Sunday, December 4, 2011

Tools down....

... paint brushes up.

This is Morgan and he is the portrait of a Shetland that lives not to far away from me. So I was able to get some nice clear photos of all his detail.  I think he has come out OK, I will be delivering him to his owner tomorrow, I hope she likes him :)

I have painted him up using Jaime Baker's YouTube video; Painting Model Horses - Roaning
There is a part two of the video as well.

And Jaime's Liver Chestnut DVD, which just happens to be on sale right now! BONUS!

I have a few more of the little guys to paint up, then it will be back to sculpting. :)

Sunday, November 20, 2011

Mr Mayagi say ...

Wax on ...

Wax off ...

 Wax on ...

Wax off ...

Wax on ...

By the time a pony gets towards the end of the CM work, he has had 5 or 6 coats of primer, but as you can see they get sanded back again. Each successive coat (often swapping between colours) highlights faults and flaws in Captain Obvious style. I do have to be very careful around details like eyes and wrinkles that they do not get lost under the coats of paint.

The little guy is to be pastelled when his sculpting is complete, and nothing grabs pastels like sanding marks, and grainy primer, he needs to be as smooth as a baby's behind. So there is going to be a whole lot more before I can call him done.

My lest favourite, it is a complete bummer that it is the longest, fiddliest, most time consuming, and the absolute critical part of CM'ing.

Raspberry*thumbs down.

Friday, November 18, 2011

An easy fix.

Okie dokie, a pony was dropped and an ear snapped off and into pieces. To be honest though this sort of thing happens to me more often then not, I am ridiculously clumsy. It is because of this that I have a tub of ears, already made up and cured, ready to plonk onto any unfortunate victim.

So a quick sort through and I have found a match in size. The ears are only roughly made and quite thick, this gives me plenty to work with in matching this ear to the existing one.


LOL, this happens more often then not too, I am actually surprised I was not still attached to the ear and horse as well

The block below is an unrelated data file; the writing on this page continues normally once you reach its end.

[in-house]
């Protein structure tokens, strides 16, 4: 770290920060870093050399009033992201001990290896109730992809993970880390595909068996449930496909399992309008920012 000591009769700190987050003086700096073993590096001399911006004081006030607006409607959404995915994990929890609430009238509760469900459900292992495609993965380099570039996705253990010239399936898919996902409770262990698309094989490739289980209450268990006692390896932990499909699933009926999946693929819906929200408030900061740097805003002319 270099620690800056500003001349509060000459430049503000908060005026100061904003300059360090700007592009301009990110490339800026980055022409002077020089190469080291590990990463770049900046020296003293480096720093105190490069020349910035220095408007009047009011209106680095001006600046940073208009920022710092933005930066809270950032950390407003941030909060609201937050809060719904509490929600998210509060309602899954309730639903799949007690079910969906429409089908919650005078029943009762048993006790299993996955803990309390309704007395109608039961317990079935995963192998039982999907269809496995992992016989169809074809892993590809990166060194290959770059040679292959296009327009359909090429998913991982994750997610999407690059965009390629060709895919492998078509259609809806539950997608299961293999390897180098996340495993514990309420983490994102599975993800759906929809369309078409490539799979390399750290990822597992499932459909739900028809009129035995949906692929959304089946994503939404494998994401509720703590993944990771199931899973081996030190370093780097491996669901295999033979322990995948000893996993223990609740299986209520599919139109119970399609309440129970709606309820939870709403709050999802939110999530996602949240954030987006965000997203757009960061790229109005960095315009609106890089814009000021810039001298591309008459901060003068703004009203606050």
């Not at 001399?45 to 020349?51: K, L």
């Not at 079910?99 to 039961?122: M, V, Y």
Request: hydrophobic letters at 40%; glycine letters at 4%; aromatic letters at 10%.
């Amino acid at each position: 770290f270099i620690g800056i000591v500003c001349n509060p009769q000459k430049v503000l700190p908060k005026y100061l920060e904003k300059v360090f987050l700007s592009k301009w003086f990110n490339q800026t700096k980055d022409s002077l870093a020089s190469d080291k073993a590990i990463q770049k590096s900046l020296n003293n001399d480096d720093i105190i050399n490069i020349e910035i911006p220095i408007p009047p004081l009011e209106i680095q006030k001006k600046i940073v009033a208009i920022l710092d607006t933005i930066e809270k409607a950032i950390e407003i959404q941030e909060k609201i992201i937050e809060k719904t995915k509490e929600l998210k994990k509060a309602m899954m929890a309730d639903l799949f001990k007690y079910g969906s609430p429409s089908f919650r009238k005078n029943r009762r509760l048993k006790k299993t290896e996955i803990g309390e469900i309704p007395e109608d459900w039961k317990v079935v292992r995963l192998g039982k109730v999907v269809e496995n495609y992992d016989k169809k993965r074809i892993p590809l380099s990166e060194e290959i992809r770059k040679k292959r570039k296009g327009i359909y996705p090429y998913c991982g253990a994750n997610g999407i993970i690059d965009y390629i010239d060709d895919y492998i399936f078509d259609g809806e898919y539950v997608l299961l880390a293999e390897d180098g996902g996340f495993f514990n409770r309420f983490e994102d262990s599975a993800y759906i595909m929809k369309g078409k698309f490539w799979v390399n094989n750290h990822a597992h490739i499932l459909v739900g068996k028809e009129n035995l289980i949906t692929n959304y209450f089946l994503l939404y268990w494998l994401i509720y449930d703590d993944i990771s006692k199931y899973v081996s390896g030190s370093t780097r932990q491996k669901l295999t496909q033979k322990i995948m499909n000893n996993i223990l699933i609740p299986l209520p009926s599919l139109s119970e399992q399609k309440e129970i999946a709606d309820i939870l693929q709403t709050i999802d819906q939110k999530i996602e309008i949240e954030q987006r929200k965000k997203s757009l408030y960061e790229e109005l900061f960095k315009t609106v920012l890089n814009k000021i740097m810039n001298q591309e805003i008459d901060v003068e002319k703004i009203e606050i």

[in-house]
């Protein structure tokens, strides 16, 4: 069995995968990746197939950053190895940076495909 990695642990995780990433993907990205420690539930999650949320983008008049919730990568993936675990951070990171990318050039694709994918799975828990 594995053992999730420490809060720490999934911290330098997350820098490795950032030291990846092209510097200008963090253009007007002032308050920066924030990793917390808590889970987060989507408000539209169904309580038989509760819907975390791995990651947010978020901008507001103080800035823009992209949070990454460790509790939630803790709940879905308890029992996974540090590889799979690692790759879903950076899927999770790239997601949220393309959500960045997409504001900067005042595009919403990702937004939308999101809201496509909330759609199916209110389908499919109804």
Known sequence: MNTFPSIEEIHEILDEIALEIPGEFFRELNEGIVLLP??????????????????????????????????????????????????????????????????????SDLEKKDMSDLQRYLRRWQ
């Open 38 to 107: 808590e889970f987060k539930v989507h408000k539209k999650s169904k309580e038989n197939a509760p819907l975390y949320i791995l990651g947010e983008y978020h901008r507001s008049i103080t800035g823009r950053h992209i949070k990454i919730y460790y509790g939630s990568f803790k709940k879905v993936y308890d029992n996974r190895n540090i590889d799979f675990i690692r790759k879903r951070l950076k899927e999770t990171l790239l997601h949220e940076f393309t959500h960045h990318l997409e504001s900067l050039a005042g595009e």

As you can see the ear is too big, and too clunky also the wrong shape.

Never fear, that is what sandpaper, and carbide scrapers are for :) It still needs Apoxie added to the base for correct shape and some liddle wrinkles and ear fluff.

So there we go easy fix.

Saturday, November 12, 2011

Dang it!

Note to self - Do not drop pony on his head, disaster ensues.

Thursday, November 10, 2011

Long time, no post!

So sorry for the time span between posts, I was really hoping to keep the momentum going with Heartbreakers CM! My real job and finishing off a few more commissions pushed the CM work back.

I have been fiddling with him in fits and spurts, he has ears (Laura Skillern has the BEST tutorial on sculpting ears on her Blog, I highly recommend a visit to 'Don't eat the paint').

I make my ears and eyeballs up in bulk with any left over Apoxie I have no use for. I make them lots of different sizes from stablemate to traditional. They are very easy to sand down to fit any horse. This way I always have ears on hand, and there is no waiting around for Apoxie to dry :) Right now, I have about 20 little pairs made up.

Unfortunately I jumped ahead a little forgetting to take photos along the way :( not too far though :).

So onto his lower lip.
Another sausage, this one is rolled to the correct length, taking care to taper the ends off.

You want the ends to fit just underneath and slightly shorter the the top lip. I have coloured the sausage yellow. Underneath in purple, is a small ball of Apoxie that has simply been squished on for his chin. I have then smoothed the bottom lip and the chin with Aves safety solvent, then once dry, refined with sandpaper.

On most horses, you will find the bottom lip is wider then the top in front, but narrower at the back. Hence tucking the bottom lip sausage in under the top. Foals this young are also toothless (or only have their milk teeth), and can often be seen with their lips and chim compressed much more then an adult horse would be able to.

More sausages! First is the red sausage, it makes the bones of the lower jaw, I like to wait until this one is dry before moving onto the others. You can see in the above photo that it was done the same time as the bottom lip and chin.

I also like to do both side of the head at the same time. Unlike the body, which depending on the movement, has muscles doing different things on each side, a horses head is symmetrical.

Sausage number two is the blue, then a shorter fatter tapered sausage makes the green. Orange is made up by a little triangular blob that makes the stretch of skin between the mouth edge and the jaw.